To enter into the book, we push open the door of an opium den in Paris. It is a secret world, but not very, since Colette meets there, not surprisingly, a fellow journalist and novelist. She meets there Madame… Charlotte. Pseudo-marginality, a fake name, a false paradise.

Charlotte’s secret escape to the opium den is not fulfilling. The two women talk. We realise that there is something missing in Charlotte. Following a disappointment, she has retreated within herself. She no longer gives herself to anyone, body and soul. She refuses to come out of this state of sentimental reclusion, but she is really hoping to.

– Madame Charlotte, what you are “really” missing… are you looking for it?

She smiles, her head tilted back, revealing under a dim light the underside of her pretty, short nose, her slightly chubby chin, her gapless set of teeth.

– I am not so naive Madame, not so debauched. What I am missing, I can do without, and that’s all there is to it. Don’t give me credit for it, no… but something which we know well from having possessed it, we are never really deprived of it.

To get into this book, Colette offers us the key of her own experience.

“I set sail, when I think of Charlotte, on a sea of memories of nights when neither sleep nor certainty reigned. The veiled face of a slender lady, disillusioned, acquainted with deceit, with delicacy, is appropriate for crossing the threshold of this book which will speak sadly about pleasure.”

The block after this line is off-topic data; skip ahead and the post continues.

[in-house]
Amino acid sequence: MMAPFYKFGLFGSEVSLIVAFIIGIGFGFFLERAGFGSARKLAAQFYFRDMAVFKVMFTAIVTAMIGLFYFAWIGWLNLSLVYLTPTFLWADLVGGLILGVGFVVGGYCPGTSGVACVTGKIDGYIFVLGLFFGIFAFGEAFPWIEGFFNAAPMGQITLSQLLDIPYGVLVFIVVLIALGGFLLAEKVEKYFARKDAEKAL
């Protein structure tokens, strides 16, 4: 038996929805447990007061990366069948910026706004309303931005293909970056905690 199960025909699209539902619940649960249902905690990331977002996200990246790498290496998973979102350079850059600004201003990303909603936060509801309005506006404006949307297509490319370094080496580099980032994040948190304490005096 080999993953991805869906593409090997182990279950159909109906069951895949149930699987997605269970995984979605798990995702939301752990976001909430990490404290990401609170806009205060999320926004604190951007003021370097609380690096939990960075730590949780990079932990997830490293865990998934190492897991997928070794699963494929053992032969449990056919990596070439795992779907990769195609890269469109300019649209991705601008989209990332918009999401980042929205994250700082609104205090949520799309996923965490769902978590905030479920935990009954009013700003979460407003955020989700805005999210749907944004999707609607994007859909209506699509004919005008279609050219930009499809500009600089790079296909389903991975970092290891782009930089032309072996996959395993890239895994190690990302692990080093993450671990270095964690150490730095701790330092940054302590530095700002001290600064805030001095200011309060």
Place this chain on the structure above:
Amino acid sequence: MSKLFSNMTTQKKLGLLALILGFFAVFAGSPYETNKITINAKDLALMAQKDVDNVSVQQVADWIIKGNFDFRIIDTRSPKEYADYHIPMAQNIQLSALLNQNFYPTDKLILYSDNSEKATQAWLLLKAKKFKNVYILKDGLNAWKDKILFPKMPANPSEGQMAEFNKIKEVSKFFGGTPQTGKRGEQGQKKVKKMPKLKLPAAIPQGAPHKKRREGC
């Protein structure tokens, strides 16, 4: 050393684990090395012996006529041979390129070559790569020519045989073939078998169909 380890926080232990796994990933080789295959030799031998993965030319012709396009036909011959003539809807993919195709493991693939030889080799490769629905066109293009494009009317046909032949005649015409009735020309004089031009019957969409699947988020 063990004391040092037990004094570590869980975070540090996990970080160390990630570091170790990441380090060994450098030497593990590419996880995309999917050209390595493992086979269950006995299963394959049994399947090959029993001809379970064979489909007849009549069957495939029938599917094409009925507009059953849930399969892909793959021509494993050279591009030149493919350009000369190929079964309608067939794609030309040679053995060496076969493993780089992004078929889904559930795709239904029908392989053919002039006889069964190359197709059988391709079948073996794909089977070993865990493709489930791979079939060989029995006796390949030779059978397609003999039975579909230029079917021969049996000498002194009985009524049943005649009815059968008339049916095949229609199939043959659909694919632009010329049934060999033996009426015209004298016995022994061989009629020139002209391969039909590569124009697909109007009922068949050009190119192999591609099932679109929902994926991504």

‘Artificial paradises’ are false ideas that we invent about liberated sensuality. It is not a question of institutional morality. Pure pleasure is a primordial, infallible instinct. The attraction of ‘these pleasures which we name lightly, physical’ – the word is Colette’s – is inexorable.

In this word inexorable, I bring together the array of forces to which we know only to give the name “senses”. The senses? Why not the sense? It would be discrete and sufficient. Sense: five other sub senses venture away from it, and it calls them back with a jolt – like itchy light ribbons, partly like grass, partly like the tentacles deployed by an underwater creature.

Senses, uncompromising lords, ignorant like the princes of bygone times, who learned only that which was necessary: to conceal, to hate, to order… It is you however that Charlotte, asleep for a peaceful night, subdued by opium, used to keep in check, assigning arbitrary limits to your empire; but who then, even Charlotte, is capable of defining your unstable boundaries?…

Through images of alcohol, of donjuanism, of homosexuality, it is not a book that takes a position between good and evil, nor even between good and bad – in it we meet a misogynous Don Juan. It is a music that maintains our conscience alert to prevent it from falling asleep in pre-molded ideas.

PUR … the short explosive consonant, the doleful ‘U’, the crystal clear ‘R’. It used to awake nothing in me, except the need to hear again its distinctive sound, its muffled echo like a drip which drops from and into invisible water. The word ‘pur’ has not revealed to me its true meaning.

[1] Academie Goncourt – Prestigious institution created to honour living figures in the French literary world.

[2] Donjuanism – the idea of being a ladies’ man; the term is derived from the name of the legendary Spaniard Don Juan.